I’ve written previously about the difference between outcomes and objectives. During a recent institutional effectiveness workshop, I’ve come to the conclusion that the same issue exists when assessing administrative units. From what I’ve experienced and seen, current institutional effectiveness and continuous improvement practices for the administrative assessment efforts lead to the same blending of outcomes and objectives that I’ve observed and noted on the instructional side of the house. A few examples and an explanation of how to approach it differently . . .
CHANGE! My online, professional digital footprint is changing, evolving, updating. EdTechatouille, the focus of the site for the past 6+ years, is disappearing into the background. I have given the site a slight makeover to highlight my current professional focus and interest: learning and assessment in higher education. It’s a subtle change to the presentation of the site, but the substantive change is significant.
Bloom’s Taxonomy is exactly that – a taxonomy, not a heirarchy. And, students of many ages are capable of higher order thinking skills (e.g. my then 9yo daughter) like application, analysis, synthesis and evaluation; of course, students will exhibit different levels of proficiency and different levels of complexity in their thinking.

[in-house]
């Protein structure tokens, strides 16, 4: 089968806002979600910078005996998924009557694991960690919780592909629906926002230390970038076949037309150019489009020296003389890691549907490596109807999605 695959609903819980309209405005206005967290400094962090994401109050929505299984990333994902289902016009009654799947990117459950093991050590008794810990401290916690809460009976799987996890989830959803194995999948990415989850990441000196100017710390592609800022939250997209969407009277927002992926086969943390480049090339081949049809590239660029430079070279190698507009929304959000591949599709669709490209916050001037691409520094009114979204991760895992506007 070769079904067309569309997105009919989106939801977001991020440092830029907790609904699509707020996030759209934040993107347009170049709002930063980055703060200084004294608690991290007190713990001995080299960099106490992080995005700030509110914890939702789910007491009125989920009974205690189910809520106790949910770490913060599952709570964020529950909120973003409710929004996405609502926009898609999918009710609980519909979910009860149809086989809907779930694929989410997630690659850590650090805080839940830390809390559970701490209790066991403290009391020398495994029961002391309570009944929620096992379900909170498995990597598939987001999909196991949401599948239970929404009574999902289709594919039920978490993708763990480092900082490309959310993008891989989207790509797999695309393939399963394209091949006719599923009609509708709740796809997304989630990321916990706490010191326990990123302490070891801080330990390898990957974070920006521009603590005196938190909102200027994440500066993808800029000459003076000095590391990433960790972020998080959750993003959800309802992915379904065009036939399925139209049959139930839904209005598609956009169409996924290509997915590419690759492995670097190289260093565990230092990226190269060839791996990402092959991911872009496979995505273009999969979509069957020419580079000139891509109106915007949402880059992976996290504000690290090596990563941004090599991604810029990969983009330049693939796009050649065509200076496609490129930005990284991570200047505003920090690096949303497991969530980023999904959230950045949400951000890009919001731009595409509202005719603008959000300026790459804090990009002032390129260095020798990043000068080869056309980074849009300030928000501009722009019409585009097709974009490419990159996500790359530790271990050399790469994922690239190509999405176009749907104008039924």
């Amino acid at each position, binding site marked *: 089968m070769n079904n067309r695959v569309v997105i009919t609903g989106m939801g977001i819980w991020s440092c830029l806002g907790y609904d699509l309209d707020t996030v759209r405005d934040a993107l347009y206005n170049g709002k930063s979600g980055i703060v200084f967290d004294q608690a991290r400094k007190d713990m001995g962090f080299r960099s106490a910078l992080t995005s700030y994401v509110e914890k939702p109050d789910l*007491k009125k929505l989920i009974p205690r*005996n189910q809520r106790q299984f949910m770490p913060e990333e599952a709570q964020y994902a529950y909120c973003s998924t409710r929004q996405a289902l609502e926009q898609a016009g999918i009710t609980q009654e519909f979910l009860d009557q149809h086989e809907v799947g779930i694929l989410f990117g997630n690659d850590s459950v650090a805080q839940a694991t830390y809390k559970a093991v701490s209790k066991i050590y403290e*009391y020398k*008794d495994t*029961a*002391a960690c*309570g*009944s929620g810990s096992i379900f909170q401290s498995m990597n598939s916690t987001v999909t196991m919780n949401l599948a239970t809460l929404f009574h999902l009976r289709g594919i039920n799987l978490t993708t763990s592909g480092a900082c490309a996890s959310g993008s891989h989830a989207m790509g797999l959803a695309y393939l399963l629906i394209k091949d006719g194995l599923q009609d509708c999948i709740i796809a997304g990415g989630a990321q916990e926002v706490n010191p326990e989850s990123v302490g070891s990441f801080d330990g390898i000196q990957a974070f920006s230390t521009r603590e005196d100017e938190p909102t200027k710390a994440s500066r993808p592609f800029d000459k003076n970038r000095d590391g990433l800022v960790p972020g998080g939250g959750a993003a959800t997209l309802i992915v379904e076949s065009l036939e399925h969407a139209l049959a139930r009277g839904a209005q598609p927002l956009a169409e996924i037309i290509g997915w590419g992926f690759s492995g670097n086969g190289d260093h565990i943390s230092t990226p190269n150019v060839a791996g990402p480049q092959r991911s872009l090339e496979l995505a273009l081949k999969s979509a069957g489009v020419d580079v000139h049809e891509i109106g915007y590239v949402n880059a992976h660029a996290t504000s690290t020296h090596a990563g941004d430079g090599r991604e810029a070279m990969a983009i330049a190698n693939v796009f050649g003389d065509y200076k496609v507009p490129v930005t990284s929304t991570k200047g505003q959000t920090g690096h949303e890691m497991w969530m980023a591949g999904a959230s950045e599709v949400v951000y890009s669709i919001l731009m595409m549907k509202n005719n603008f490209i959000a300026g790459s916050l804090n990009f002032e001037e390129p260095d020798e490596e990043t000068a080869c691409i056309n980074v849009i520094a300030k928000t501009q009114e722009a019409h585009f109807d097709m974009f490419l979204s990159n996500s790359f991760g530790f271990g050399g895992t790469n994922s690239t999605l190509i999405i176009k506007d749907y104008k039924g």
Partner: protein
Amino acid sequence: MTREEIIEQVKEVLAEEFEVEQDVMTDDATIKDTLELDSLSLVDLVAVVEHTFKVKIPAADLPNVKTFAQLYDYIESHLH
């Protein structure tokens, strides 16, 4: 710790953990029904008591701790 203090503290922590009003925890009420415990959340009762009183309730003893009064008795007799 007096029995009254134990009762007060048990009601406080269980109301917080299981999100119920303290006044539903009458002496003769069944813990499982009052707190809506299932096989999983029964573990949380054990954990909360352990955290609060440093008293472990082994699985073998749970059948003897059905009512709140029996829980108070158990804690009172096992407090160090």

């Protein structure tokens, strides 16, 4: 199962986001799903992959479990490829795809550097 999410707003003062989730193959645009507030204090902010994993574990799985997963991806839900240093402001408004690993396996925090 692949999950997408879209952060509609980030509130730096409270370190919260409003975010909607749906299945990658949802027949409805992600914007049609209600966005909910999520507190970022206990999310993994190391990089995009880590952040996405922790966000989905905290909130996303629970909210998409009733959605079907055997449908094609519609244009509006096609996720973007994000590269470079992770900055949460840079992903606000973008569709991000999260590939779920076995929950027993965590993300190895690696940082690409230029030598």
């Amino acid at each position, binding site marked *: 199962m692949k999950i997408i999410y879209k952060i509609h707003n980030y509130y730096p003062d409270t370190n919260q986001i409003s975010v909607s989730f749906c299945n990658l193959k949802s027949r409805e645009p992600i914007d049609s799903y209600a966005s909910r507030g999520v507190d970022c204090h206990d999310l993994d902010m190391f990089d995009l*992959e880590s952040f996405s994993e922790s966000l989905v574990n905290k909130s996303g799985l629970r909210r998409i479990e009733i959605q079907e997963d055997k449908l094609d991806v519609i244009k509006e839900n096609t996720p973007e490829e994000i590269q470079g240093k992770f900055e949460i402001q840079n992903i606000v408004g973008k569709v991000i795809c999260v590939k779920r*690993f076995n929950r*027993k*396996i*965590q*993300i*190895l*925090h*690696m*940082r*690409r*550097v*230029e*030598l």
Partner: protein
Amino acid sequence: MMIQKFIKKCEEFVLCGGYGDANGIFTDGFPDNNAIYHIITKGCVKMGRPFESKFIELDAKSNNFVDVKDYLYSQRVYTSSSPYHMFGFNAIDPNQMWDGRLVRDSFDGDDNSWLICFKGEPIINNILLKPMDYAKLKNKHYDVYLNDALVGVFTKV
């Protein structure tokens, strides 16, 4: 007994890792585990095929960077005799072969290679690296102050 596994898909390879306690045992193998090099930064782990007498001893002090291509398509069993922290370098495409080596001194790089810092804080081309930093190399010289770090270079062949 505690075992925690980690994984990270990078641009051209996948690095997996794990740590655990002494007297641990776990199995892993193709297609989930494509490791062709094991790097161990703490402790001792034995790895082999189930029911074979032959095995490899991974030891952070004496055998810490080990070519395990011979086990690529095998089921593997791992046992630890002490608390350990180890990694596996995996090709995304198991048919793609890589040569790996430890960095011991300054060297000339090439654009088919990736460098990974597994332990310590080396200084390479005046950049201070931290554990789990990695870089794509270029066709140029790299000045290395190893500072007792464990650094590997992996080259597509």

Here’s my question… Should there be any college level course that has learning outcomes that are predominantly, or worse yet, entirely at the lower levels of thinking per Bloom’s Taxonomy? Is there any instance in which the outcome of the course should not be an ability to analyze, apply, synthesize or evaluate content related to the discipline? Continue reading
The Chronicle of Higher Education asked,
Is it time for more widespread reform of college teaching?
This series explores the state of the college lecture, and how technologies point to new models of undergraduate education.
Last month, we began inviting students across the countries to fire up their Web cameras or camera-phones to send us video commentaries about whether lectures work for them.
Chronicle.com/LectureFail displays a number of student comments, including a compilation, along with several faculty responses.
As a faculty member, as I watched several of the videos, I found my beliefs and attitudes to be more in line with the students than my faculty colleagues. Personally, lectures are boring… for me… as a faculty member. I don’t like them, and pedagogically and historically, I find them to be an outmoded approach to teaching and learning. Why?
I work closely with end of course evaluation surveys. At one institution, I administer the online survey system through which we survey students, and for the other institution, I rely heavily and place high value on feedback from students to help me continuously improve the course. My question is, “How much is that feedback worth?” Continue reading